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1947 color photo of George’s Buick taking in front of the Hollywood Park Turf Club building.

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The Buick parked on the street next to the the Barris Compton Avenue shop. The License plate is an 1947 tag plate.

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Front 3/4 view of the Buick parked next to the Barris Compton Avenue shop.

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George’s Buick was a huge hit among new customers, and the shop ended up creating several similar styled (but different in details) Buick’s requested by new customers. George’s 1941 Buick was the home run the shop needed. It made everything that would happen from now on possible. And not only the car was important, George now realized how important publicity was, he realized that with the right amount of advertising, showing cars at local shows, and having your cars featured in the new magazines would make all the difference.

Once George had finished his really well styled and proportioned Buick, he used it to promote his Barris Custom Shop. The car was also used on the shops Business Cards for some time.

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George used the same photo as he used on the Barris Business Card of his 1941 Buick for an 1948 magazine ad. Notice how he specifically mentions that the car was in a Hot Rod Show.

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The Buick with an award ribbon mounted on the antenna. Could this have been after the car won the award at the first Hot Rod show in January 1948?

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One of the nicest photos of George his Buick comes from the Johnny Zaro Collection. The car is parked next to the Compton Ave. shop and behind it we can see Sam’s 1940 Mercury. The photo is old and cracked, but man, what a  profile.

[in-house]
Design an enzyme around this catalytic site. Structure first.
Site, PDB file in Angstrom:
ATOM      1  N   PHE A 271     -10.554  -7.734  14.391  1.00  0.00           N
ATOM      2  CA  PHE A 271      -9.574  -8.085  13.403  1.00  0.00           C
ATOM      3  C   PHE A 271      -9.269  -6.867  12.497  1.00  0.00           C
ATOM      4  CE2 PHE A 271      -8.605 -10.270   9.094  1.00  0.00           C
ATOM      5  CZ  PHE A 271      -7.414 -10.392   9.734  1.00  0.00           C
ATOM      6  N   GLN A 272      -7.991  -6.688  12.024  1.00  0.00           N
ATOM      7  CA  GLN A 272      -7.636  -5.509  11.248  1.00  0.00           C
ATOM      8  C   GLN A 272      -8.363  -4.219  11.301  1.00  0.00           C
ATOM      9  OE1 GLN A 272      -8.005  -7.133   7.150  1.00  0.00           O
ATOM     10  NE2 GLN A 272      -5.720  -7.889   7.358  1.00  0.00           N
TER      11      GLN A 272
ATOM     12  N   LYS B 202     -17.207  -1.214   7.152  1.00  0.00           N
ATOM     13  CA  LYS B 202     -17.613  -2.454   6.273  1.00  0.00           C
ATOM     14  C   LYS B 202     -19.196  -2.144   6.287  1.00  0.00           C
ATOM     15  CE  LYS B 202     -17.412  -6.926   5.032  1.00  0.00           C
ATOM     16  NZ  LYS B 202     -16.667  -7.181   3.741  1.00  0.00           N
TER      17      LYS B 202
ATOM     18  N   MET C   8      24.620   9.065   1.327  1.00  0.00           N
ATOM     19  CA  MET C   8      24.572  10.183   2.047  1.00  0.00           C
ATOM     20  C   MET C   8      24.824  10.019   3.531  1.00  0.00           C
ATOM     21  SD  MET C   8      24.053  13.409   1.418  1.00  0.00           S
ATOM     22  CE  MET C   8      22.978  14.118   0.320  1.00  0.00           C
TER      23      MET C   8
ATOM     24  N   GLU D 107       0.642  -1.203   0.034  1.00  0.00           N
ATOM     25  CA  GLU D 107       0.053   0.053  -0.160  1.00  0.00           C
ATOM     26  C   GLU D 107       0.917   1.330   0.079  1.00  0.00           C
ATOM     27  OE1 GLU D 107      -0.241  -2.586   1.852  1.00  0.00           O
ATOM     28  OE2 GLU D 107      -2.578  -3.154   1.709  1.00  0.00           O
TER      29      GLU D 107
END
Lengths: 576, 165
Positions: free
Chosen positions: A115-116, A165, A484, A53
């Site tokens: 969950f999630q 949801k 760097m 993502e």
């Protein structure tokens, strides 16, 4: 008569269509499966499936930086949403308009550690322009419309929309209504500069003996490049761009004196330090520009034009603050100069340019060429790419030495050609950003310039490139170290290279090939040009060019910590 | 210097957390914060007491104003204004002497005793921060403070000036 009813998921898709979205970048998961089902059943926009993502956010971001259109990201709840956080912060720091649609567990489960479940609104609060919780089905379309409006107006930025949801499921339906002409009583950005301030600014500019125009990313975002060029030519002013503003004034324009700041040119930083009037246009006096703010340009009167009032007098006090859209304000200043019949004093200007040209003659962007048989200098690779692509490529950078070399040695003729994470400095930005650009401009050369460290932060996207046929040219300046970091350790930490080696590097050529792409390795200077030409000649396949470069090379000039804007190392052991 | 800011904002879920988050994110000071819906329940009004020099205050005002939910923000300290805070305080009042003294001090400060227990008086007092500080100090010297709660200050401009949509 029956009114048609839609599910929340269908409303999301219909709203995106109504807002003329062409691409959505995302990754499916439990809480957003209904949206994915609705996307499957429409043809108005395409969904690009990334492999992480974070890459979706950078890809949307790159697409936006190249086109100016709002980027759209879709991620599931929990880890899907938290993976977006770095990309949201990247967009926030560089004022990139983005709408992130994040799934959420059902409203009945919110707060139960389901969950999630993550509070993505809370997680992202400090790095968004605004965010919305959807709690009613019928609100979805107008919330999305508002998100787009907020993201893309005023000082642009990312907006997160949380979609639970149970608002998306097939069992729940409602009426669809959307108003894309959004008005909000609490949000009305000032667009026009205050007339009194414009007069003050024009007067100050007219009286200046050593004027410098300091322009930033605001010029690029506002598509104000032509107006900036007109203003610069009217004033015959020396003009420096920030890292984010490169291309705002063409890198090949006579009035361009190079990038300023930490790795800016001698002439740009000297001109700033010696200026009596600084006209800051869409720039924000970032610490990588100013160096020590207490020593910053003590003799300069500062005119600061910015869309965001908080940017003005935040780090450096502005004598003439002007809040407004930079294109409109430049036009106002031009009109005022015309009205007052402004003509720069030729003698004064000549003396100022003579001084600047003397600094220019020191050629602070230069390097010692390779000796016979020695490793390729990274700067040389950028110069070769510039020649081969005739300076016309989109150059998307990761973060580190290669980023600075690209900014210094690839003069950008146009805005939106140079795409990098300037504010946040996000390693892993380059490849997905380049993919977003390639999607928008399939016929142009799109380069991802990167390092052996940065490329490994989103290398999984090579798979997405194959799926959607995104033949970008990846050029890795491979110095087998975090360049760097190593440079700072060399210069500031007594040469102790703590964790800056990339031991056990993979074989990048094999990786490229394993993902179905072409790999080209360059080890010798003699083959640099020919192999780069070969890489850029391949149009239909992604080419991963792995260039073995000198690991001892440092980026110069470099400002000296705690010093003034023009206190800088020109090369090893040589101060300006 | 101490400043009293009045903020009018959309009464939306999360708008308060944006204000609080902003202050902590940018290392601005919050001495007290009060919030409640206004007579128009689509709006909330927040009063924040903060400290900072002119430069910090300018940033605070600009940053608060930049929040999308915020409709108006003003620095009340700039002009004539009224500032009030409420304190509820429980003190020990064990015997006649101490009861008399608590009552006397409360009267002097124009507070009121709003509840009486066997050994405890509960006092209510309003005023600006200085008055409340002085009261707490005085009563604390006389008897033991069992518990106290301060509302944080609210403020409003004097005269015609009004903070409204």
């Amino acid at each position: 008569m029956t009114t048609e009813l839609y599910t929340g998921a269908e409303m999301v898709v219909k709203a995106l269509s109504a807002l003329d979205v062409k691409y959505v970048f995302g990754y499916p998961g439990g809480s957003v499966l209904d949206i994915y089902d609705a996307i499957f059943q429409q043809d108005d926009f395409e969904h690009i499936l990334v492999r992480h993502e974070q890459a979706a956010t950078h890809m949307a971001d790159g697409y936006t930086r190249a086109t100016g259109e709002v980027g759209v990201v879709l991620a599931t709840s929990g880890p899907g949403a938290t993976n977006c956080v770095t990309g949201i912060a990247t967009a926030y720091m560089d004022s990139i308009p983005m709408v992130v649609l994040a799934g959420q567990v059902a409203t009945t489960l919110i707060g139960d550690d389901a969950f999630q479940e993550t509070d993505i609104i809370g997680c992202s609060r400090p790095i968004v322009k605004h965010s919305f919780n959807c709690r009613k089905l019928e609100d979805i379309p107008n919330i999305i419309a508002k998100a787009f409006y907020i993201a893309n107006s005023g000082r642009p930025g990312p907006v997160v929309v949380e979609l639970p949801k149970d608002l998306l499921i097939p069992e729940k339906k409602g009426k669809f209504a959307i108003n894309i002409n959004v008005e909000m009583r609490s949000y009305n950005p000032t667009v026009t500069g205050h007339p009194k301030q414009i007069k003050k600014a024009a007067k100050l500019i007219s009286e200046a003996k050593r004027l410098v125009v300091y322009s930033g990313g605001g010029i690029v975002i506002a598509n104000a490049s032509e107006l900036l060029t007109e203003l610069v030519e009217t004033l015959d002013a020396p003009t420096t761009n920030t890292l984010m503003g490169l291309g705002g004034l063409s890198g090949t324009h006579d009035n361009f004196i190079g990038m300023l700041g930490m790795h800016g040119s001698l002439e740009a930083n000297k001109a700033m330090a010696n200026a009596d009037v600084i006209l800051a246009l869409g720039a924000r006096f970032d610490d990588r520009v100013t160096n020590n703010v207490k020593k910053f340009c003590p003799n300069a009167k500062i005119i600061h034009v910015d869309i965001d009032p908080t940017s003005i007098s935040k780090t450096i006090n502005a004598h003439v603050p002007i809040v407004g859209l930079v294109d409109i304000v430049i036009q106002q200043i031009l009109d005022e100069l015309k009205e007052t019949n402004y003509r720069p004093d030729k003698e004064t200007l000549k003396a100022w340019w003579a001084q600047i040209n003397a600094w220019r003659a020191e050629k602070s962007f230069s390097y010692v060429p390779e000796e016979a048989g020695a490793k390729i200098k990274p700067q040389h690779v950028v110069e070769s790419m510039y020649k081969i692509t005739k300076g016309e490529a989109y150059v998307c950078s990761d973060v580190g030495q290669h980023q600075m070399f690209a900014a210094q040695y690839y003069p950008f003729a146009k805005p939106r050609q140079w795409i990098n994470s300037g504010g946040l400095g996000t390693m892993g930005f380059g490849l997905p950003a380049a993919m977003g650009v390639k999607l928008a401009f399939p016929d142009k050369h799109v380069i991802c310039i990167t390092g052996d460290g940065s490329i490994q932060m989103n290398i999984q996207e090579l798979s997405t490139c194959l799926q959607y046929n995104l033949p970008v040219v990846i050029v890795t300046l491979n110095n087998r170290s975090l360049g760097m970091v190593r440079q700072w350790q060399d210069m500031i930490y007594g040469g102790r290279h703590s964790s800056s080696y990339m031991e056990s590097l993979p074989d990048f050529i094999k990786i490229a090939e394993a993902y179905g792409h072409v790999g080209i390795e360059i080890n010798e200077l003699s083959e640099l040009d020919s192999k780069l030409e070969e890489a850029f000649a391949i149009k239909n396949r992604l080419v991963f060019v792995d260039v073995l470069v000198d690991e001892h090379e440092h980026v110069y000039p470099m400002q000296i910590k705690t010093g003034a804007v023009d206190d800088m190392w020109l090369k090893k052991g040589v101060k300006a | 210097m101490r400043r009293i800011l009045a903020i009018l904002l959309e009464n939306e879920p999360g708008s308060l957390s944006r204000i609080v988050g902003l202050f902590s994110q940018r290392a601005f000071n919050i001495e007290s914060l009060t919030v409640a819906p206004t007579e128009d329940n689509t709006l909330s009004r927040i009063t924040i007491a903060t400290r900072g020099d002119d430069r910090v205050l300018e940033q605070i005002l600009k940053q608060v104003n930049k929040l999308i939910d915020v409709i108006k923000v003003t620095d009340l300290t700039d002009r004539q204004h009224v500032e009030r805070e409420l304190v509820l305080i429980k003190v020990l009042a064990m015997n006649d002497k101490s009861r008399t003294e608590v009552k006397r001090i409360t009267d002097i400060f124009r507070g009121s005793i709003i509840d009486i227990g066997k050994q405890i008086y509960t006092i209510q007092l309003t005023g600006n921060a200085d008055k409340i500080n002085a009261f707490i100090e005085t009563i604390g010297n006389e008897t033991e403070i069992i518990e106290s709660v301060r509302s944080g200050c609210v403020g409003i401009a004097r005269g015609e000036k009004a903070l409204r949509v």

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Some time later, around late 1948 or perhaps early 1949, the car was wrecked. George and some friends were at the Lynwood Clock drive-in, and some jealous guys were kicking George’s Buick. Even putting in some dents. George got out of his car and a pretty hefty fight was started. Russ Lenarz, a friend of George was trying to get the car out of the way. He made an u-turn on the the drive-in. But ran into a telephone pole causing severe damage to the Buick. In the meantime the police had arrived and George and some of the other guys where arrested.

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Substantial damage after the crash.

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The Buick was damaged on the front and drivers side. The front fender and part of the fade away fender were badly damaged. George decided he could fix the car. And while he was at it, he decided to restyle it some more with a bit more modern components. For this new version George wanted to use some more modern parts and decided to use a cut down and rearranged 1947 Caddy grille for the car. He also added new tires now mounted with Cadillac Sombrero hubcaps. And to make the fade-away fenders show off even better than before he changed the teardrop shaped fender skirts for a set of more square units that followed the line of the fade-away fenders all the way to the back of the car. George got the car in primer, but never got it painted again. He sold it in 1949, and he never saw or heard about it again.

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The Buick rebuilt after the accident, but still in primer. The new cut down and rearranged 1947 Cadillac grille looks great, and gives the front a less boxy feel. Cadillac Sombrero hubcaps on wide whites are a perfect update as well.

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George’s 1941 Buick in primer. This was after the car had been in the accident and George had repaired the damage. And while at it he did some more restyling as well. This photo is interesting for many reasons, but especially because a similar styled full Fade-Away Custom can be spotted behind the Barris Compton Ave. shop on the far left side of the photo. The photo was taken in either 1948 or ’49. Note that George changed the teardrop shaped fender skirts for more square units that looks to flow really nice with the fade away fender line.

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George Barris did search for his old Buick. There had been rumors that it was still around. But none of these rumors ever resulted in finding anything that came even close. Not being able to find and restore the original, George did have plans at one point to recreate his old personal custom. He realizing how important this one car had been for his career. However this idea never came any further than the thinking about stage. And with George now gone we sure know the car will not be recreated by Barris anymore.

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This early Custom would be one really fine candidate for a recreation.
The George Barris 1941 Buick, one of the most important cars in the Custom Car history.